After I’d been here for a few years and was just sick of my job, I decided to go back to school full-time.
I found out that the major universities in Seoul: Seoul National University, Korea University, Yonsei University, Ewha Womans University and others had international studies masters programs which were taught exclusively in English. This was a good fit for me because I earned my Juris Doctor (law degree) in the States and had considered a couple of dual J.D./Master’s program which combined the two studies.
I saw this as a great chance to do that degree I’d always wanted and to learn more about the history of the region. However, the most valuable thing I learned was what it’s like to be a student in Korea. Honestly, since I’d already been here for a few years as a university instructor, I thought I was well adjusted to the culture. I realized quickly after quite a few conflicts that I had a lot still to learn.
First, even if a program is taught in English, it’s probably still administered in Korean. I know of one university with an international studies program that has a functionally bilingual staff and documents in both English and Korean. In the rest, it’s really about learning how to ask questions and rely on the help of your Korean-speaking staff and classmates to help you out in a pinch.
It’s hard to spell out exactly, but frequently, Koreans find it difficult to anticipate the problems a foreign student will face.
For example, whereas in the States books and syllabi are available before class starts and you just might have some reading or an assignment for the first day. In Korea, you’re probably going to get the syllabus the first day the course starts and the books haven’t been ordered or are simply not available. This means that books are frequently copied illegally and sold at local copy shops. Get used to it, it’s rampant at Korean universities because it seems that publishers make it difficult to order texts quickly coupled with the tendency of Koreans to wait until the last minute. What that means is instead of the university book store, which is usually easy to find, you’re going to have to find your way to the local copy shop that your department uses. Also, Koreans aren’t very good at giving clear directions, so just ask your professor where the shop is (he or she might not know either as TAs will do the busy work). However, what will happen is a classmate will probably volunteer to lead you. If you don’t speak up, most likely, no one will figure out that you don’t know where it is.
Second, in terms of orientations, I can’t speak for all of the universities, but we had a meeting where they talked about the various specialties in the program and went over a bit of the program, but we didn’t have that orientation of the school and typical facilities you’d use. Again, I think this is because Koreans assume since they can get around that you can too. If you’d like a tour ask your department if there is something like that available. I got one but it was only after I took Korean at the school’s language institute and it was one semester after I’d started, so it was a bit of a waste. However, I still learned more about the university’s layout.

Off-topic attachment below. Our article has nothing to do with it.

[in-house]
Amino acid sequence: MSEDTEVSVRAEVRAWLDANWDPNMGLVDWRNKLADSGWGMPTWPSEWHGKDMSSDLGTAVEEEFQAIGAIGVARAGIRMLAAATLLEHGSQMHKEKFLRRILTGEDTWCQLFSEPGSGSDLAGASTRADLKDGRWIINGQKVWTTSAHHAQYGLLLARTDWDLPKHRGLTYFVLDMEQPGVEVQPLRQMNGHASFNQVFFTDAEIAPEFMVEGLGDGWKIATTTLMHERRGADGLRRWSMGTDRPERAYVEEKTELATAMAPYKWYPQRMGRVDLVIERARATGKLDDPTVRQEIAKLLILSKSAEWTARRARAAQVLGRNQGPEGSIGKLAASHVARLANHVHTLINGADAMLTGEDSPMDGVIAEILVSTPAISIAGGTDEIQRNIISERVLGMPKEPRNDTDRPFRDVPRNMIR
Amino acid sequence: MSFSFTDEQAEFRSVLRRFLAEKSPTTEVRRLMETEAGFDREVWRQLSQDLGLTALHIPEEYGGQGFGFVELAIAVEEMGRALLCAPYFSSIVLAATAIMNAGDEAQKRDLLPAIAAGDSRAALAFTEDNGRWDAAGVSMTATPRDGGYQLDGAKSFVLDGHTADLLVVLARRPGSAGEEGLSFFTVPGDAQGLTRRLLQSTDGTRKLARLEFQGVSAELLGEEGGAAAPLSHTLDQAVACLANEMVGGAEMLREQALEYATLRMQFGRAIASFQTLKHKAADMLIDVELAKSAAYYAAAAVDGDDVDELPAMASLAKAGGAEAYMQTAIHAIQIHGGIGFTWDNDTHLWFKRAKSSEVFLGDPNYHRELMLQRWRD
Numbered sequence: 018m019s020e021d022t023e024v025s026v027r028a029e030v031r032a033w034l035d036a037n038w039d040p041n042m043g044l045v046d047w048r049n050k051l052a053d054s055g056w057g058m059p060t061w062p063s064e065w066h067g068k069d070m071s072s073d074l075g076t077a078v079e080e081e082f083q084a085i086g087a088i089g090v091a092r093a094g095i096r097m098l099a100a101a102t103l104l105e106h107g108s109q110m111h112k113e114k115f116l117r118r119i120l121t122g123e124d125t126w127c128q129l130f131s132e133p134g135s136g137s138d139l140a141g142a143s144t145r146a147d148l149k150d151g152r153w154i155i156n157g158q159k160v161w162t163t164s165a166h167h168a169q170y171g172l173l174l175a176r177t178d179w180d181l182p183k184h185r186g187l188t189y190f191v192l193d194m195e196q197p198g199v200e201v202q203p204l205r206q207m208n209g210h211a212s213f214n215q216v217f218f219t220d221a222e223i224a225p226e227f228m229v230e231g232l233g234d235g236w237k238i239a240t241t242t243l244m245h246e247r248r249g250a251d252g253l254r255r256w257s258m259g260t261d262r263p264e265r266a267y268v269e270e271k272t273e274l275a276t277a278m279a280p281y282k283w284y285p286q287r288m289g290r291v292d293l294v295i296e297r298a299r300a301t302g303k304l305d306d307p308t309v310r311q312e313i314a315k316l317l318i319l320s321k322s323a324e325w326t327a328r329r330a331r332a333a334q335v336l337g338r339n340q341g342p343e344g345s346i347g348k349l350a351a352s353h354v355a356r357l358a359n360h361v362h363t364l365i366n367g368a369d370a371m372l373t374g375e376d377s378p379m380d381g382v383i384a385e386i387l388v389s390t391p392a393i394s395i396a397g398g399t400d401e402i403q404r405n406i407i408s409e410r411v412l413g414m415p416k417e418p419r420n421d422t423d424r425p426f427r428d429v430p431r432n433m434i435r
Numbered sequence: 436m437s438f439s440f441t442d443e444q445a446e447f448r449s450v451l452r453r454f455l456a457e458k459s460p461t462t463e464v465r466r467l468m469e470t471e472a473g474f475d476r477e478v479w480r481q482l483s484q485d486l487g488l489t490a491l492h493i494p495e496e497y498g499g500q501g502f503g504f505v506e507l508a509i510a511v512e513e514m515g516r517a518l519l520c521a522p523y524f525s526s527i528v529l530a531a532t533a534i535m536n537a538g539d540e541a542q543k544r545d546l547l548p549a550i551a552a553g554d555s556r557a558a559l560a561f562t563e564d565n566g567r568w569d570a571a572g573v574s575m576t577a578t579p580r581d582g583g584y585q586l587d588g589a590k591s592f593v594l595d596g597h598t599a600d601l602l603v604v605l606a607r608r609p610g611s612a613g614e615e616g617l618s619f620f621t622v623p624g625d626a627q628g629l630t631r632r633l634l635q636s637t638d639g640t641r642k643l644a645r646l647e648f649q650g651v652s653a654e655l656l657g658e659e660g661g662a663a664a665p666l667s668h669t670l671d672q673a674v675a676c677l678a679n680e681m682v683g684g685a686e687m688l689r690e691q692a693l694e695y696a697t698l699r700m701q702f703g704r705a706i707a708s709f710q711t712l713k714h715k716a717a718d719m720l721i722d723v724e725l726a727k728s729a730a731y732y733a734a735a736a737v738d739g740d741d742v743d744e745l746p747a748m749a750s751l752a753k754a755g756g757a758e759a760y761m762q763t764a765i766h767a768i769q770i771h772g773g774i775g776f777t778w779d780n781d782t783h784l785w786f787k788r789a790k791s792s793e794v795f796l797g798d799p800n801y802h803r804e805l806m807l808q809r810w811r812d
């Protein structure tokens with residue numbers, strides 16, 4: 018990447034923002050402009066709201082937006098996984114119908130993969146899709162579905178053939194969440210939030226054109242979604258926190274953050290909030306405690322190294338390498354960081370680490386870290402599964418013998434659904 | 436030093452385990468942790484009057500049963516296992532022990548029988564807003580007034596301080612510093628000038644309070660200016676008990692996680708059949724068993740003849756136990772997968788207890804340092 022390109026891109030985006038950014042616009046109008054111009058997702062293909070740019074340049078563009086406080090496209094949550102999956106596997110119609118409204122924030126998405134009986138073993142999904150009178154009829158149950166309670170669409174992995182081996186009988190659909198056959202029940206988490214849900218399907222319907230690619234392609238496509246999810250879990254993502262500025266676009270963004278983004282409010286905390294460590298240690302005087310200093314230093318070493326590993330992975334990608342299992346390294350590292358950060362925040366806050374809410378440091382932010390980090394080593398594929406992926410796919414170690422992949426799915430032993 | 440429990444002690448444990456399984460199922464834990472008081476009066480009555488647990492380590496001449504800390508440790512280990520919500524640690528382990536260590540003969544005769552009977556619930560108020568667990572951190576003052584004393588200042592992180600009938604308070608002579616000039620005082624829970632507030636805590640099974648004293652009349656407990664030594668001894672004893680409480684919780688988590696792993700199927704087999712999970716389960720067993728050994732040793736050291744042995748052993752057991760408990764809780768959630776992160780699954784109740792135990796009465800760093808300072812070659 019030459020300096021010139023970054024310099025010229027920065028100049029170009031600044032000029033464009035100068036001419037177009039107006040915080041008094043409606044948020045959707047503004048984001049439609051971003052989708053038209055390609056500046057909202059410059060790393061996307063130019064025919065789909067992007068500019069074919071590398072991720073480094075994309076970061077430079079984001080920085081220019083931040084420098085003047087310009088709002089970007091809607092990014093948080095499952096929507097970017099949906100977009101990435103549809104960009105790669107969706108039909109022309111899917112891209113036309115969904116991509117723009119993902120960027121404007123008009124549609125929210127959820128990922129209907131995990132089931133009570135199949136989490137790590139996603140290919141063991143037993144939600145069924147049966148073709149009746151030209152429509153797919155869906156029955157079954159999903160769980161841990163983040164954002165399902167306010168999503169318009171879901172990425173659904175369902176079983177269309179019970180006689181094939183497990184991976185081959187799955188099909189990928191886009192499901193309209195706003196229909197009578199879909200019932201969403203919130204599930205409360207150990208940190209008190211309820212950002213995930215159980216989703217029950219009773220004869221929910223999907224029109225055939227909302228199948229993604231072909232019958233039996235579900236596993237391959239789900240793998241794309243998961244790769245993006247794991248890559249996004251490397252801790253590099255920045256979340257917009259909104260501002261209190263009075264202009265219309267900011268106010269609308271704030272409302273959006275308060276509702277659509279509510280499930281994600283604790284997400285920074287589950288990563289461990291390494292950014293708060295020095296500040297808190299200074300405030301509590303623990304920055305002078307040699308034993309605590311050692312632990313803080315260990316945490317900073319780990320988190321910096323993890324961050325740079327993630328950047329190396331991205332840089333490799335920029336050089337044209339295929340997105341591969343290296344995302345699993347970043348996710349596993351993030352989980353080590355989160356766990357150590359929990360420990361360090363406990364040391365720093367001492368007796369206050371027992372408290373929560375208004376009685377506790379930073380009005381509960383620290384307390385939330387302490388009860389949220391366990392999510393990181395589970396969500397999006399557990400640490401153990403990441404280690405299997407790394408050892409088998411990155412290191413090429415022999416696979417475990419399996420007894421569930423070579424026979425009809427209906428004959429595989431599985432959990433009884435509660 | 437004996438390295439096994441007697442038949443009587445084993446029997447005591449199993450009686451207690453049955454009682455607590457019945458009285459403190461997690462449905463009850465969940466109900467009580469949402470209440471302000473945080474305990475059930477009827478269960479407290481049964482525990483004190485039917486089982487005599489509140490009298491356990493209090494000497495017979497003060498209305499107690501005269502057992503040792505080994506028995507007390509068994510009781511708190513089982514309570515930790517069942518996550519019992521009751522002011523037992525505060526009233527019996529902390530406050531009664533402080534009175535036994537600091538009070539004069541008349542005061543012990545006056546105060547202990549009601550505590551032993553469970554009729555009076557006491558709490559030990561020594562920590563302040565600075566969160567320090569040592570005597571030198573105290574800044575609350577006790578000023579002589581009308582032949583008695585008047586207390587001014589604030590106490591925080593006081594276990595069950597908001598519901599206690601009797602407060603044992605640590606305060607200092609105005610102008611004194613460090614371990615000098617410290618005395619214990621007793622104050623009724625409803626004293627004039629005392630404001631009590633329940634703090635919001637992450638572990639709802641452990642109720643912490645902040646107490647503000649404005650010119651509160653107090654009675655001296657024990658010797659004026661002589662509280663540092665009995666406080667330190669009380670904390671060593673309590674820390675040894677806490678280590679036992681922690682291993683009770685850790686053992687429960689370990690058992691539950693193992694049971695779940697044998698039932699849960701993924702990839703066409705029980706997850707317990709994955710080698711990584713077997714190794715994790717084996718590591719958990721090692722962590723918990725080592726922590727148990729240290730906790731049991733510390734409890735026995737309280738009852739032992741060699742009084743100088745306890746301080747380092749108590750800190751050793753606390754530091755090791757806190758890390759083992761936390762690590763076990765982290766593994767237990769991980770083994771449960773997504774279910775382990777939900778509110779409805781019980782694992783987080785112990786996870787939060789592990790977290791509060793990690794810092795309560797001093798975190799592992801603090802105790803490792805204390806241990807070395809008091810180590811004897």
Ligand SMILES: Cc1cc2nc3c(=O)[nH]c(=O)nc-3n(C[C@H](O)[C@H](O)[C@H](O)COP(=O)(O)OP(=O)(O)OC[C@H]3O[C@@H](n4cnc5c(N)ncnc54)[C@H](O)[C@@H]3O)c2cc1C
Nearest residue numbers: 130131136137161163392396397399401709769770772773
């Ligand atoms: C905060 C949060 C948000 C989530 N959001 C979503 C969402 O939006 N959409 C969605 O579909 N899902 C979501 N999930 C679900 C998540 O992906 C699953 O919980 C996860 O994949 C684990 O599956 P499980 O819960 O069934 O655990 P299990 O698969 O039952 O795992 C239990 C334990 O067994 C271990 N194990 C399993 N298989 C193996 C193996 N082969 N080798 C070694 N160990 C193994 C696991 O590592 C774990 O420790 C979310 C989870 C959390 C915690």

Third, and maybe most important is the culture’s focus on hierarchy. I came in the program with expectations to be treated as I’d been as a university instructor. That was easy for me because I had never been treated in any other way and I’d become accustomed to it. Also, in both university and law school, I dealt with my professors in a respectful but open and friendly way. It was never a problem going to a professor’s office and talking to them. It was never a problem asking for clarification in class. In Korea, it’s very different. Students don’t engage their professors and class participation is so rare that it has to be factored in the grading system to encourage students to participate. I say, as a foreigner, use your comfort level with communicating in class because those will just be “gimmie” points. Your competition, Korean students who have to struggle with getting comfortable with speaking, will have to adjust (Also, you’ll earn brownie points if you try to help them, but a lot does depend on them.) However, that remains in class.
Outside of class, you are the student and you’re at the bottom of the ladder and you have to act accordingly. That’s a hard thing to learn when you’re used to being treated a certain way. I think if you’re here on business or here in a position that gets a certain level of respect, the transition can be difficult. I advise you to keep records of your interactions with staff, professors and deans. When and if there is a conflict, you’ll be able to document the steps you took. Also, don’t entrust those documents to anyone else without keeping copies or they simply might disappear (believe me, I know this first hand.) Also, keep a lid on your temper. You'll probably find that staff are uncomfortable with making decisions and are particularly uncomfortable with passing on bad news.
Finally, I would say the most important thing is to be patient. Because I’m sure that every foreign student’s mileage may vary. I learned to go back to the basics. What I do know is that your experience will differ based on your personality, your length of time here and your ability to adapt.
Note: Please feel free to make comments on the above article on the Forum.
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